The jewellery in The Fortune-Teller c.1630s

European jewellery of the Renaissance was colourful, opulent and intricate. It was also widely popular, as the portraiture of this time shows the often extraordinary amount a wealthy man or woman might wear. Many great artists of the Renaissance started their careers in goldsmiths workshops — resulting in a familiarity of styles and techniques in…

The jewellery of Selvaggia Sassetti (born 1470)

The coral of Selvaggia Sassetti’s necklace would not have travelled far from its once plentiful source in the Mediterranean sea. Precious red coral grows in a characteristic branching plant like form from the rocky sea bed, preferring the darkness of deeper water or underwater caves — for hundreds of years its main trade centre has…

Gold and pearl bracelet: A glimpse of Queensland’s history

This charming gold and pearl bracelet is a lovely example of work by the local firm Flavelle, Roberts & Sankey, and represents the jeweller’s skill as well as providing a glimpse of Queensland’s history. The gold bracelet is the most significant piece of Queensland jewellery to come to the Gallery’s notice. The delicacy and refinement…

Goldfield brooches: Uniquely Australian

These intriguing group of brooches, made by unknown jewellers, that were produced in the Australian goldfields, circa 1880–1915 are a peculiarly Australian innovation. These elegant pieces, which are made from gold, gold nuggets, quartz and garnet, employ mining motifs such as picks, shovels, buckets and prospector’s pan. Following significant discoveries of gold in Australia in…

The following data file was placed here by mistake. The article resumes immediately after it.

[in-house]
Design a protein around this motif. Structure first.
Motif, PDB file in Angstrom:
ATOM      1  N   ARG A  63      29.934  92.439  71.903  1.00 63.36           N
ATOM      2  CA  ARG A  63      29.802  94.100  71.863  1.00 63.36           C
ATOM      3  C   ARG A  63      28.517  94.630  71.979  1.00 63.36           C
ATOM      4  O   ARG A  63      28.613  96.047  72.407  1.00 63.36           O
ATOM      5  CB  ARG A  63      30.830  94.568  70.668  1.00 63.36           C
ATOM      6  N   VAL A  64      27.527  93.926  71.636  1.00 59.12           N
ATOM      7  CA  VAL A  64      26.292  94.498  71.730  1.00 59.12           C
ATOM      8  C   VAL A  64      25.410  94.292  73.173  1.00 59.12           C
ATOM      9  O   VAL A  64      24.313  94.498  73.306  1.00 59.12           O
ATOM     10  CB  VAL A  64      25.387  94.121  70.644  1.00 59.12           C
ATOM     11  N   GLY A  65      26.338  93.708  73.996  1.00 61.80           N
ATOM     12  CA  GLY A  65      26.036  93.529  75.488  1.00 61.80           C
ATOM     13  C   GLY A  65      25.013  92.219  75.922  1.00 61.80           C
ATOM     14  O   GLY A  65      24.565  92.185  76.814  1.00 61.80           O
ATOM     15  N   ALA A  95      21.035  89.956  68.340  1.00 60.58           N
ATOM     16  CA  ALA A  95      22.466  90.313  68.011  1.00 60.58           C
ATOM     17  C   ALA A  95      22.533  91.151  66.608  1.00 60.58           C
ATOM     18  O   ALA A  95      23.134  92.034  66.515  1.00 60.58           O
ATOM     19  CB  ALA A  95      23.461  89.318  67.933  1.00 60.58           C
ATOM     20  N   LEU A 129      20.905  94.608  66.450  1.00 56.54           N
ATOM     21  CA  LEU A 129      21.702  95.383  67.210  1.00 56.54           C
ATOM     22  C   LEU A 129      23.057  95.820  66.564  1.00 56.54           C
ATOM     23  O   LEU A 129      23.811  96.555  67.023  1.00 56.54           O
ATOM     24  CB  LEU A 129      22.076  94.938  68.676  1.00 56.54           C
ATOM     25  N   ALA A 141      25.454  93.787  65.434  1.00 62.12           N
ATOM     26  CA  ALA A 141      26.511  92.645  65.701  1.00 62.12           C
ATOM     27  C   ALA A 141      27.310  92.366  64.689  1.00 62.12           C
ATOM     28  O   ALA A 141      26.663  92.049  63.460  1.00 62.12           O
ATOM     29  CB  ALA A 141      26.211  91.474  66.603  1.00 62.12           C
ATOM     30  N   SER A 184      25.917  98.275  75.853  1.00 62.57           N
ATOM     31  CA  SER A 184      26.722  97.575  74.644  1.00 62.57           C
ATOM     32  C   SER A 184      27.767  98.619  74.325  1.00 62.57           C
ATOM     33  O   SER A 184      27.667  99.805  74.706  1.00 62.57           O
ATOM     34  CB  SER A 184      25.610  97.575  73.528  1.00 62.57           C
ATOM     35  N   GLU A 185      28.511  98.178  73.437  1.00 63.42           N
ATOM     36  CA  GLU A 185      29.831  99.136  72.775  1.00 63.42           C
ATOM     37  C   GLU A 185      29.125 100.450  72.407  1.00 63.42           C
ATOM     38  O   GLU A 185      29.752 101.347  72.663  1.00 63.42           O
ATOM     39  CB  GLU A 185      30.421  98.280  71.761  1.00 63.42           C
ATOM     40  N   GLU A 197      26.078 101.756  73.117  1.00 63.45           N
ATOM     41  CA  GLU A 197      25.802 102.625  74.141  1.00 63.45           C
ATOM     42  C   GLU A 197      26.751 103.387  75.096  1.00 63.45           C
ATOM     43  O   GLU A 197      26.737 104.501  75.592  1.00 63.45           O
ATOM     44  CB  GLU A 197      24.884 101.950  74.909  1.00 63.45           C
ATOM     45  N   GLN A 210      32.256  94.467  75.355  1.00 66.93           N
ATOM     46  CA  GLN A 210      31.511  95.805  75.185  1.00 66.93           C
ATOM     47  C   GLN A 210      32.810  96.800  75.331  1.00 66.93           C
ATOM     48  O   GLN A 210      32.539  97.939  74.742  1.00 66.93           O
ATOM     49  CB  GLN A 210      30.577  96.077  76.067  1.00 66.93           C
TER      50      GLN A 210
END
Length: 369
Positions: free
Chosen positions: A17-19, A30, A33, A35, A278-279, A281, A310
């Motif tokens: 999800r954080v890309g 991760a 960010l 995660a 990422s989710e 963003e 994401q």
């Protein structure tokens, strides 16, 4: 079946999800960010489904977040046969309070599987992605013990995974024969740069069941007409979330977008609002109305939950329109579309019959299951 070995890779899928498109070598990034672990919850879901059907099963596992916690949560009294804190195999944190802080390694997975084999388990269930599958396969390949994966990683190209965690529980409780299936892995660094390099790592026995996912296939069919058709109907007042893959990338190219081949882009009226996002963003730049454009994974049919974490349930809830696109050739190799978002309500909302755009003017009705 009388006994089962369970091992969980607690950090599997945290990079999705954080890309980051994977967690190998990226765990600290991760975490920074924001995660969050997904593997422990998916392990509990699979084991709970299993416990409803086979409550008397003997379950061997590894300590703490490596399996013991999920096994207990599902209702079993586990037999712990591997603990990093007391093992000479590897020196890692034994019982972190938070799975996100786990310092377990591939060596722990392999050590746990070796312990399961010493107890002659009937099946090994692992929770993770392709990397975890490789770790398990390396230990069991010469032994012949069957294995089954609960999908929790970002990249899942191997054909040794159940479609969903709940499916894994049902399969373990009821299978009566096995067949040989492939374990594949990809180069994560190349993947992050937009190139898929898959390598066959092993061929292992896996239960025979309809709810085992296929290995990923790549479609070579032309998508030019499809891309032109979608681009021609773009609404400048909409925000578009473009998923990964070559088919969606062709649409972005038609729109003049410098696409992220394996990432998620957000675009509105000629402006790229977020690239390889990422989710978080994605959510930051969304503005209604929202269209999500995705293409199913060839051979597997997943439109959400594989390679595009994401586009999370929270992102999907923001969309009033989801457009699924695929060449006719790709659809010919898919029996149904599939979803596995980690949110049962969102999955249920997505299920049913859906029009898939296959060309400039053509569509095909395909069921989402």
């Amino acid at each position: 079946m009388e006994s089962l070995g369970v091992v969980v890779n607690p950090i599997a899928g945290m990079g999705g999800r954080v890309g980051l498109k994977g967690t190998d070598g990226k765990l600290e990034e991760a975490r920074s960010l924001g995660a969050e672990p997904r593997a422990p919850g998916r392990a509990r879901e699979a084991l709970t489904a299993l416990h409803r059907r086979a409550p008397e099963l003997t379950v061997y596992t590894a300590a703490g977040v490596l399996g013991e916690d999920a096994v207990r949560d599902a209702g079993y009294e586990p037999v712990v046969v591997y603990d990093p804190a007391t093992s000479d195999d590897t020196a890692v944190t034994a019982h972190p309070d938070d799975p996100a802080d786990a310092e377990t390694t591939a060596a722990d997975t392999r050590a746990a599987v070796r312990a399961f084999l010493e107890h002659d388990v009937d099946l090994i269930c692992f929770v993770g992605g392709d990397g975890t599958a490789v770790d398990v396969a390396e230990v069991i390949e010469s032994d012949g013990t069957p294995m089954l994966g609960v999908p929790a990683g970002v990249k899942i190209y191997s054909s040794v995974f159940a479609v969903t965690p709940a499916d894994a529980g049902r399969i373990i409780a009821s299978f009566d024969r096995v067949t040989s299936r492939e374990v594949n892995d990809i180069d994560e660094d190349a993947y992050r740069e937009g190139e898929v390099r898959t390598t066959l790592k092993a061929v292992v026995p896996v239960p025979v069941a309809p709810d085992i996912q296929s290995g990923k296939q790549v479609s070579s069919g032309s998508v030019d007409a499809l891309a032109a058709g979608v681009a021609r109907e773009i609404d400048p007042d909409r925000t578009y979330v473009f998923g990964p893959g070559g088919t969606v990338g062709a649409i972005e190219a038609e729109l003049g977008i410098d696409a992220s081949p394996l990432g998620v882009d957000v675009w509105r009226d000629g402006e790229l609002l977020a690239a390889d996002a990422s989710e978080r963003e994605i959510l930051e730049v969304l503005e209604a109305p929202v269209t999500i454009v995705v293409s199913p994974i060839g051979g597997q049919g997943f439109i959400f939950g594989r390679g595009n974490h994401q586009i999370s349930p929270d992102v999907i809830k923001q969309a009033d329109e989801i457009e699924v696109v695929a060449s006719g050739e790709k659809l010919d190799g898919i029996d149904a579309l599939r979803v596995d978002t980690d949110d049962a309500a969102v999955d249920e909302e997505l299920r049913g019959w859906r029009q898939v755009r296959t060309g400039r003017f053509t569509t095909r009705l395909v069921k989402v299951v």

The unique aesthetics of the Victorian era

Now that the Queensland Art Gallery has reopened, view the unique aesthetics of the Victorian era in our International Art Collection, explored through painting, works on paper, the decorative arts, and by examining the developments of Victorian England through the innovative and unconventional photography of Julia Margaret Cameron and the experimental ceramics of Doulton Pottery.…

Marks on Hunt and Roskell’s ‘Presentation vase’

This magnificent Presentation vase 1864 is the most important example of Victorian silver in the Gallery’s Collection. Its elaborate decoration is unlike anything produced in the Australian colonies, though the beautifully cast and chased kangaroos and an emu (as well as a camel) around the base suggest that it was commissioned with an Australian connection…